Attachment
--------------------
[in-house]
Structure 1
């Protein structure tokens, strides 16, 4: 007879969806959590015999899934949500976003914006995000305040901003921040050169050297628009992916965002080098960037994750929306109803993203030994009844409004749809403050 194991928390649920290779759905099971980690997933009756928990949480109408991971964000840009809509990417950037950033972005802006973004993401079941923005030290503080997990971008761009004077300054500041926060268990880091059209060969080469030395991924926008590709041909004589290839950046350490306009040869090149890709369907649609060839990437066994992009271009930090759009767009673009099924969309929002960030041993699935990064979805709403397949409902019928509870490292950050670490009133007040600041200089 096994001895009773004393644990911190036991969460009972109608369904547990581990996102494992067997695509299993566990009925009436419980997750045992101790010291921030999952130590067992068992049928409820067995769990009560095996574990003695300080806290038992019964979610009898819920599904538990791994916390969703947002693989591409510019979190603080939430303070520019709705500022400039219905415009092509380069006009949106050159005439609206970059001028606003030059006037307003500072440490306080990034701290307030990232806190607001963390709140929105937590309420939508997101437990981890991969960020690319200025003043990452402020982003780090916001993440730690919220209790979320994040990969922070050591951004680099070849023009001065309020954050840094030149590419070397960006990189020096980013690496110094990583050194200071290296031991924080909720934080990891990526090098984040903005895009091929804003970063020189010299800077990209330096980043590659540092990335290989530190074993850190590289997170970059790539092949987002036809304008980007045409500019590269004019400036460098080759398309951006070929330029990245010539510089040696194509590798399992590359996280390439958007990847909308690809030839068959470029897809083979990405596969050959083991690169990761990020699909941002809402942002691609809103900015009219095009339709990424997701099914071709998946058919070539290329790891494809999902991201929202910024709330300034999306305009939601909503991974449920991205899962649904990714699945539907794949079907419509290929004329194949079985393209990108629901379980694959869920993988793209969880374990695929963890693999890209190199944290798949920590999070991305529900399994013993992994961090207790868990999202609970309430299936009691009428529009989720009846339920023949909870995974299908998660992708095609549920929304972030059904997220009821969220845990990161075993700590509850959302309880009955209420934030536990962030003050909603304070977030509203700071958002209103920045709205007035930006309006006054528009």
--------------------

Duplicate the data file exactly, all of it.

[in-house]
Structure 1
């Protein structure tokens, strides 16, 4: 007879969806959590015999899934949500976003914006995000305040901003921040050169050297628009992916965002080098960037994750929306109803993203030994009844409004749809403050 194991928390649920290779759905099971980690997933009756928990949480109408991971964000840009809509990417950037950033972005802006973004993401079941923005030290503080997990971008761009004077300054500041926060268990880091059209060969080469030395991924926008590709041909004589290839950046350490306009040869090149890709369907649609060839990437066994992009271009930090759009767009673009099924969309929002960030041993699935990064979805709403397949409902019928509870490292950050670490009133007040600041200089 096994001895009773004393644990911190036991969460009972109608369904547990581990996102494992067997695509299993566990009925009436419980997750045992101790010291921030999952130590067992068992049928409820067995769990009560095996574990003695300080806290038992019964979610009898819920599904538990791994916390969703947002693989591409510019979190603080939430303070520019709705500022400039219905415009092509380069006009949106050159005439609206970059001028606003030059006037307003500072440490306080990034701290307030990232806190607001963390709140929105937590309420939508997101437990981890991969960020690319200025003043990452402020982003780090916001993440730690919220209790979320994040990969922070050591951004680099070849023009001065309020954050840094030149590419070397960006990189020096980013690496110094990583050194200071290296031991924080909720934080990891990526090098984040903005895009091929804003970063020189010299800077990209330096980043590659540092990335290989530190074993850190590289997170970059790539092949987002036809304008980007045409500019590269004019400036460098080759398309951006070929330029990245010539510089040696194509590798399992590359996280390439958007990847909308690809030839068959470029897809083979990405596969050959083991690169990761990020699909941002809402942002691609809103900015009219095009339709990424997701099914071709998946058919070539290329790891494809999902991201929202910024709330300034999306305009939601909503991974449920991205899962649904990714699945539907794949079907419509290929004329194949079985393209990108629901379980694959869920993988793209969880374990695929963890693999890209190199944290798949920590999070991305529900399994013993992994961090207790868990999202609970309430299936009691009428529009989720009846339920023949909870995974299908998660992708095609549920929304972030059904997220009821969220845990990161075993700590509850959302309880009955209420934030536990962030003050909603304070977030509203700071958002209103920045709205007035930006309006006054528009």